The Monumite cost £15,000 to build and erect
Marmite lovers says they are delighted with the new sculpture celebrating the yeast spread which has been sited in the centre of Burton-upon-Trent.
Nicknamed 'Monumite', it is a demonstration of affection for one of Britain's most famous brands, made in Staffordshire.
Carved from Portland Stone, the sculpture also incorporates some digital elements.
It also marks the end of a spoof political campaign.
The 'campaign', launched in a spirit of fun, which saw the Love Party triumph over the Hate Party, was fought alongside the 2010 General Election, with members of the public casting their choices online. The marketing campaign encouraged the use of a range of social media networks, on which each 'party' made a series of pledges.
The Hate Party pledged to set up designated Marmite eating zones if they won the election, eventually deporting Marmite users to Guernsey...
The Love Party hit back by pledging to set up anger management courses for Marmite haters and to criminalise all acts of face-pulling towards the Marmite-loving community.
Victory for the Hate Party would have seen the makers of Marmite launch a special new version across the country called Tarmite.
But it was the the Love Party who were the victors after polls closed on Thursday, 29 April; and they have now begun to fulfil their manifesto which promised "a Marmite shrine for lovers across the world to congregate and worship".
Tom Denyard, Marketing Manager at Unilever, which makes Marmite, said: "We think the final sculpture perfectly represents and celebrates our long-standing relationship with Burton and the local area."
The carving was done by
and takes pride of place in Burton's Market Place, next to the town's library and overlooking the River Trent.
The shrine was christened 'Monumite' after a competition to find a suitable name. The competition was won by Kevin McDonald from Birmingham and Claire Tye from Dorset who both came up with the same suggestion.
Those visitors who make the 'pilgrimage' to the shrine will be able to download a host of content to their mobile phone via Bluetooth.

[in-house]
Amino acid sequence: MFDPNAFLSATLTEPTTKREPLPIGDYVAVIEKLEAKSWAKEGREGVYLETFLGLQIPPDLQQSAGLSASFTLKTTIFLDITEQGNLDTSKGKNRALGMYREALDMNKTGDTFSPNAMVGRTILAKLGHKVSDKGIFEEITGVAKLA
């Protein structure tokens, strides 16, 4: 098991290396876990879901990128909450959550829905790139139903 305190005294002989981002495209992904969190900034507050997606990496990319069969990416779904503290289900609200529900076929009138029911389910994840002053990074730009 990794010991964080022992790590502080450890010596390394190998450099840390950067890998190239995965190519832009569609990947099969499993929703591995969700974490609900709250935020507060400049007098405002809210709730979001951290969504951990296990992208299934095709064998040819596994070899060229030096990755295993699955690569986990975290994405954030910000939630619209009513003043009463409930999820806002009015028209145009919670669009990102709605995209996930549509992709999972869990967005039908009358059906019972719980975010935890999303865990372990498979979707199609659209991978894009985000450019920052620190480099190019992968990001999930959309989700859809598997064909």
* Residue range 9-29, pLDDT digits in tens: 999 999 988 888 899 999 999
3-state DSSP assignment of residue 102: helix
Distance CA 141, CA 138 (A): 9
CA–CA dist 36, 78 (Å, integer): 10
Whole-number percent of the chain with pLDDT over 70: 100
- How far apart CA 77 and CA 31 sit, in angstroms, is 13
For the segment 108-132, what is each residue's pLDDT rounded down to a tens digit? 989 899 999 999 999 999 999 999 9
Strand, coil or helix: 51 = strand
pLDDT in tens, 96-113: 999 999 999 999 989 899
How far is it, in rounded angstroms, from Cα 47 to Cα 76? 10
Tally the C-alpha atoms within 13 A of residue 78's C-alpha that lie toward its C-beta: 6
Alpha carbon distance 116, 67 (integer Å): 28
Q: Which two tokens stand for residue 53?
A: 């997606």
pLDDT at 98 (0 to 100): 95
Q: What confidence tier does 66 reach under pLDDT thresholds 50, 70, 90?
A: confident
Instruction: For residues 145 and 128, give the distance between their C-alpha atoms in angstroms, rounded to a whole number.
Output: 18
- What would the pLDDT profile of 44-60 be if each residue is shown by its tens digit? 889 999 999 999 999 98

The content celebrates Marmite and Burton's history and heritage and includes:
• a digital flythrough of archive photos and love notes
• a podcast telling the story of Marmite and Master Blender, St John Skelton
• an animation produced by local digital artist Mark Yorke with support from Staffordshire County Council
Having conceived the project, creative agency Spark commissioned brand consultants JAM to design the sculpture, which had a budget of £15,000.
Mark Prescott, Director of Spark said: "The aim of the shrine was to provide Burton and Marmite fans with an authentic and innovative piece of public art and we hope it will drive new visitors to the area and be treasured for many years to come."
Jamie Anley, Director of JAM added: "We intended to keep the design of the piece very simple. The form of the Marmite jar is so instantly recognisable; we wanted to celebrate this iconicity by producing a schematic representation of it."
The unveiling ceremony took place on Monday, 18 October.
The Monumite is not the first piece of public art associated with the spread.
A remake of "The Kiss" by Rodin, made completely from Marmite, was unveiled for Valentine's Day in 2008 at London's Greenwich Park. Sculptor Jeremy Fattorini used 420 jars of the spread to make it.
In the General Election 2010 itself, the maker of Marmite, Unilever, threatened legal action against the British National Party to stop it from using a jar of the spread in a party broadcast.
Since 1902 Marmite has been produced in Staffordshire, just a stone's throw from the Bass Beer brewing factory in Burton-on-Trent, and was originally made from the yeast by-product of the brewing process.